Against the backdrop of a spate of recent murders of Jewish victims deemed anti-Semitic in nature, including the high-profile murders of Mireille Knoll and Sarah Halimi, an i24NEWS investigation into the 2003 killing of 23-year-old Sébastien Selam has found the anti-Semitic character of his murder to be seemingly undeniable despite the verdict in the case at the time.
In 2003, 23-year-old Jewish man Sebastien Selam (aka “DJ LamC”) had just begun a promising career as a disc jockey when he was murdered by his Muslim neighbor and childhood friend Adel Amastaibou.
Sebastien was found dead in the parking lot of his building, his body mutilated by wounds inflicted by knives and forks. That same evening, Amastaibou told police: “I’m happy if he died that bastard, this bastard, if he’s dead, I’m too happy, this f**king Jew, dirty Jew,” according to a part of the testimony i24NEWS was able to access.
In the same document, police stated that Amastaibou’s behavior is “sensible and voluntary” and that the suspect “is fully satisfied with his act.”
Despite this account, Amastaibou, who had already been admitted on several occasions to a psychiatric hospital, was sent to the psychiatric infirmary of the Prefecture of Police. The crime’s aggravating circumstance of anti-Semitism was not documented by police.
In his report on the case, expert psychiatrist Dr. Daniel Zagury noted that, according to him, “it is not an anti-Semitic act but an act of delirium”, before specifying that “the delirium is animated by an underlying theme of anti-Semitism.”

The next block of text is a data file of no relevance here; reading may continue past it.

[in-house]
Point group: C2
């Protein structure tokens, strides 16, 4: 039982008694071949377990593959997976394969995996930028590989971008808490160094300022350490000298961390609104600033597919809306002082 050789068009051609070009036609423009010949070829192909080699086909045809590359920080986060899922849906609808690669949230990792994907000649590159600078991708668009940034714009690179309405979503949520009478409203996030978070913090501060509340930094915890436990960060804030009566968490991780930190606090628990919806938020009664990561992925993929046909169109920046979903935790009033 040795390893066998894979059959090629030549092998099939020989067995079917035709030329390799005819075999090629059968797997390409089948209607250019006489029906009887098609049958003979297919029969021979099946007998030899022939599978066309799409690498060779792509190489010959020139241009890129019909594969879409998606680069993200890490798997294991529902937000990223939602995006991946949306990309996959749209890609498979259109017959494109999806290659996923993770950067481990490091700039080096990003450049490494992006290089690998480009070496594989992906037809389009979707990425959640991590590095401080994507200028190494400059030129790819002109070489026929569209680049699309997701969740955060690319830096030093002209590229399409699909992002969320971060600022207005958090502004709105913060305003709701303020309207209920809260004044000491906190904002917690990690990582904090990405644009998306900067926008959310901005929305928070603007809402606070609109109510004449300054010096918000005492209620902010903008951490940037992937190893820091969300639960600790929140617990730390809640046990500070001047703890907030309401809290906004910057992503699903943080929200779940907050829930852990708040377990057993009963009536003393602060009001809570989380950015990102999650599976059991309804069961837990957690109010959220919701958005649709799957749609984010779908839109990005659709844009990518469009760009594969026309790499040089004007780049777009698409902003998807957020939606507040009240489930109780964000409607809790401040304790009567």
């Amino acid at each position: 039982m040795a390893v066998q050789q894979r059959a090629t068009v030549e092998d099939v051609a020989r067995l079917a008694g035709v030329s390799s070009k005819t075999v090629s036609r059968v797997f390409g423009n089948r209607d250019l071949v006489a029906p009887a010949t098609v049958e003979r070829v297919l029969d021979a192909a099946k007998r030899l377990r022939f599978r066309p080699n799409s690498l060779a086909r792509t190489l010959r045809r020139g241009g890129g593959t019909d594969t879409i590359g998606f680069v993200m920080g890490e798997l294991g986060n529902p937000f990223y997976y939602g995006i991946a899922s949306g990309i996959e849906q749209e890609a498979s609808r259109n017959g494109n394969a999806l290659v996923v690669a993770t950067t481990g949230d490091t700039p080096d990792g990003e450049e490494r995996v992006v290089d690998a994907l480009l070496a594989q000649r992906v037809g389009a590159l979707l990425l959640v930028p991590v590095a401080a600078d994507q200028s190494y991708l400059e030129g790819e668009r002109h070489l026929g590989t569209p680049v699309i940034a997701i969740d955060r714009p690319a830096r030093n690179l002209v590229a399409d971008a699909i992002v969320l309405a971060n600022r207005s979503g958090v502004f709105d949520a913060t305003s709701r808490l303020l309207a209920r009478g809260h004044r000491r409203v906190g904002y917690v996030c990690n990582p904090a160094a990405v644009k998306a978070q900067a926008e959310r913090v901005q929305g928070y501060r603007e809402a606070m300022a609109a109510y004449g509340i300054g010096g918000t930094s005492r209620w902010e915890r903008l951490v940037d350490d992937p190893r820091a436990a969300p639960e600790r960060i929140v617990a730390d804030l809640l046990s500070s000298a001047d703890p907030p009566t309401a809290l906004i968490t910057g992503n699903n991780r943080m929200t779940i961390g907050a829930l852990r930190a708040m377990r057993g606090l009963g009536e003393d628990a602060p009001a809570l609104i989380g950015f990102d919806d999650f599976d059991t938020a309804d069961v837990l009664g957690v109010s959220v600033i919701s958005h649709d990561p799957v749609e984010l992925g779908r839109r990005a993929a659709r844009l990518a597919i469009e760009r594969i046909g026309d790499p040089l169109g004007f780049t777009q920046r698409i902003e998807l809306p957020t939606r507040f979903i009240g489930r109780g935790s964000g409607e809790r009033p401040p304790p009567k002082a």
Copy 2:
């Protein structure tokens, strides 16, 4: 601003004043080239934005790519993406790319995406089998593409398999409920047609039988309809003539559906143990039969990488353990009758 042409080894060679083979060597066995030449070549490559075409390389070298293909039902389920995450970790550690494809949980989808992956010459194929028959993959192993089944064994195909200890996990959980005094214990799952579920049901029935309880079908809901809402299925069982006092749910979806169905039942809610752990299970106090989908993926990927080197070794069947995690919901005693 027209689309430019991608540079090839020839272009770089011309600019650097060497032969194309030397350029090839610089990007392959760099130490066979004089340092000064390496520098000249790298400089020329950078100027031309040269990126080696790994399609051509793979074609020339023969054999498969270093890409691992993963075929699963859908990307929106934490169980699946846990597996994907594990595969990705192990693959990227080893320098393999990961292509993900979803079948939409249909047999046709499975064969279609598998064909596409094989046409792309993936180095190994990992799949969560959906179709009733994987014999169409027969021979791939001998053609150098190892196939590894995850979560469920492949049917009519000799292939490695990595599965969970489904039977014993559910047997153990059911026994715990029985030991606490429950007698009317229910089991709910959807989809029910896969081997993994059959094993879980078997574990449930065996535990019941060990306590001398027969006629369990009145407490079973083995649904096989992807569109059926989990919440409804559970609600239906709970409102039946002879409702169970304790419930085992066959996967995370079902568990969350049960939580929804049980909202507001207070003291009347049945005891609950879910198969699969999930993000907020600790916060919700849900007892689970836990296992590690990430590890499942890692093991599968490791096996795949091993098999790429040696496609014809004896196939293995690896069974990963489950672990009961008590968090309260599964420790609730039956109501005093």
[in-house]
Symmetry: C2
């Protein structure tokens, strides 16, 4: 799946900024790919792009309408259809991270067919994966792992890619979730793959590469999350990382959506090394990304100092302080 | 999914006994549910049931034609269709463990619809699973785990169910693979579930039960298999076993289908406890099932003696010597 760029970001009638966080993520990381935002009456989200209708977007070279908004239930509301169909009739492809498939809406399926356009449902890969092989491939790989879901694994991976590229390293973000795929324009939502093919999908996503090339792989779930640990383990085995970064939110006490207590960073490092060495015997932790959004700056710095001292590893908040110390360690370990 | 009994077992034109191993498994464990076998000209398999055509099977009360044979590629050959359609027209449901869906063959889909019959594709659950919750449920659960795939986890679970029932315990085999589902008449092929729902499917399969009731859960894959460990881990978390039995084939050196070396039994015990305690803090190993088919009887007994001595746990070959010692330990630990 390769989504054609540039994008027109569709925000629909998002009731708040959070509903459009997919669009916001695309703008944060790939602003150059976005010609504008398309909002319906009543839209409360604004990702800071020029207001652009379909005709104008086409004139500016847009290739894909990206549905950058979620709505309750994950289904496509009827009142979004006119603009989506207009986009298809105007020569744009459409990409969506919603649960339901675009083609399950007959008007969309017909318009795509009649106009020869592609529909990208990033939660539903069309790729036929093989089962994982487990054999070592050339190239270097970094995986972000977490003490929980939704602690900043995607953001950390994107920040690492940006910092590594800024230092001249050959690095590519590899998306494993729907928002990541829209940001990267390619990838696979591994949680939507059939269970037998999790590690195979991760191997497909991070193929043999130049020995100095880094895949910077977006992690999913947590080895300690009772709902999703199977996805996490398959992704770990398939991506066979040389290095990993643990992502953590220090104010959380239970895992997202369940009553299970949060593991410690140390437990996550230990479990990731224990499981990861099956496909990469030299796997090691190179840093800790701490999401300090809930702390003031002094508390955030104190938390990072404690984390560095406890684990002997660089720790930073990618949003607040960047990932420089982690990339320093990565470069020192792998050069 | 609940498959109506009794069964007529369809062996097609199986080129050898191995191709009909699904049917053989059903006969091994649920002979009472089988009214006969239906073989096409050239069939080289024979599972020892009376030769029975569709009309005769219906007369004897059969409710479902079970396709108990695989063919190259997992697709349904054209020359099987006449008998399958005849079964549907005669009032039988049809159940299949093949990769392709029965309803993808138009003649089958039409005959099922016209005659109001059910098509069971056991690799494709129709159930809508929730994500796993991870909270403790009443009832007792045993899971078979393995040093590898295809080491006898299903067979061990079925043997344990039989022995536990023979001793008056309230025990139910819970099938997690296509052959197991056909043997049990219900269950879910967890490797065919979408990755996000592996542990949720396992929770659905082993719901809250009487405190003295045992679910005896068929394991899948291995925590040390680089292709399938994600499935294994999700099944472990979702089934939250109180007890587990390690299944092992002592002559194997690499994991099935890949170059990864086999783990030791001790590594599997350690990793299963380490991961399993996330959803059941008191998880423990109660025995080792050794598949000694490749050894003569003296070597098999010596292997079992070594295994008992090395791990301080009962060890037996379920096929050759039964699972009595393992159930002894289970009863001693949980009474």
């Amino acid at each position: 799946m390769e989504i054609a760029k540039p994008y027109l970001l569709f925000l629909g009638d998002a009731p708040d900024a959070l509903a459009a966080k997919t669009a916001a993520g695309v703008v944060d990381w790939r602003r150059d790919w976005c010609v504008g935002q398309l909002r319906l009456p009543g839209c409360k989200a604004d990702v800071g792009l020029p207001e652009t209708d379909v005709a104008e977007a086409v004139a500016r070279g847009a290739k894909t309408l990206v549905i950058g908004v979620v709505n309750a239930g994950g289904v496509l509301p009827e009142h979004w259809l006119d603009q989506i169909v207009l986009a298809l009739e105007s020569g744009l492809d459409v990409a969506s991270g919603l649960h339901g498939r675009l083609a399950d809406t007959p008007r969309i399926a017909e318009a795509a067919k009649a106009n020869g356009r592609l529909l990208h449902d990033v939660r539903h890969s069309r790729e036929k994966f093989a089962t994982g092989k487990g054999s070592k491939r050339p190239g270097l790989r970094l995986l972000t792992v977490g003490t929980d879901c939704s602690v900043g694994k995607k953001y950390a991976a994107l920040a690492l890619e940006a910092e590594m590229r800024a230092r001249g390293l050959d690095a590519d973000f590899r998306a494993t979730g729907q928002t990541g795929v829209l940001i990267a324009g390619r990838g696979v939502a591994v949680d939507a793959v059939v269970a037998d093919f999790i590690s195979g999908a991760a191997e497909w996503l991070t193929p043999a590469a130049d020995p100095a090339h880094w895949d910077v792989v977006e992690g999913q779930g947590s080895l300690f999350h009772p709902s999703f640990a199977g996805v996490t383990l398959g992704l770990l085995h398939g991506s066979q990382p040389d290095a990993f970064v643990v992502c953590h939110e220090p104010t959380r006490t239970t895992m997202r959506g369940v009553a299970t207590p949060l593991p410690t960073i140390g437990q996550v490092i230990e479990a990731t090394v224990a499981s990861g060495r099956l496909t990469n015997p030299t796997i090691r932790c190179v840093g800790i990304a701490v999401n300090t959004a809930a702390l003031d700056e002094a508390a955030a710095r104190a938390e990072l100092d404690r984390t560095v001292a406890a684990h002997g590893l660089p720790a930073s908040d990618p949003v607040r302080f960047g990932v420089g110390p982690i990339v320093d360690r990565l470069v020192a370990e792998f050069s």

And if anti-Semitism was “present”, he continued, “the pathology of the suspect consumes the entire psychic field” of the individual.
Zagury’s findings echo those of the experts consulted following the 2017 murder of Sarah Halimi, who was beaten and thrown to her death from the window of her Paris apartment by her 27-year-old neighbor Kobili Traore.
In Halimi’s case, Traore’s psychiatric history initially saw judges fail to identify the anti-Semitic nature of the murder, before finally recognizing the aggravating circumstance eleven months later, following demands by the prosecutor, the victim’s family and advocacy groups.
Speaking to i24NEWS, Sebastien Selam’s mother Juliette recalls the mother of her son’s murderer as an obvious anti-Semite.
“She was an anti-Semite…She tore down the mezzouzas [from the doors] of the Jews next door, everywhere, she treated people as ‘dirty Jews’,” Ms. Selam told i24NEWS.
Fourteen years later, Ms. Selam says she is fighting for the anti-Semitic character of her son’s murder to be recognized.
The family’s lawyer, Mr. Axel Metzker, denounced the exclusion of anti-Semitism as an aggravating circumstance in the case as an injustice.
“Had we fought the Selam case as we should have – in a criminal court – we would have sent a message as early as 2003 that one does not attack Jews in France,” Metzker tells i24NEWS, nearly a decade-and-a-half after the case and the murders of 11 other Jews simply because they were Jews.
Questioned by i24NEWS about the Selam case, Guillaume Didier, a former cabinet member at France’s Ministry of Justice, tried to explain how, despite the damning remarks by the suspect himself, the anti-Semitic motive went unrecognized.
“At the time, neither for the legislator, nor for the judiciary, nor even for society, was it natural to note these aggravating circumstances of anti-Semitism, for a very simple reason. Anti-Semitism as an aggravating circumstance of crime was only introduced in the French Criminal Code in 2003, the very year of Sebastien Selam’s murder.”
Marion Bernard is a journalist and head of i24NEWS’ French website
By: Marion Bernard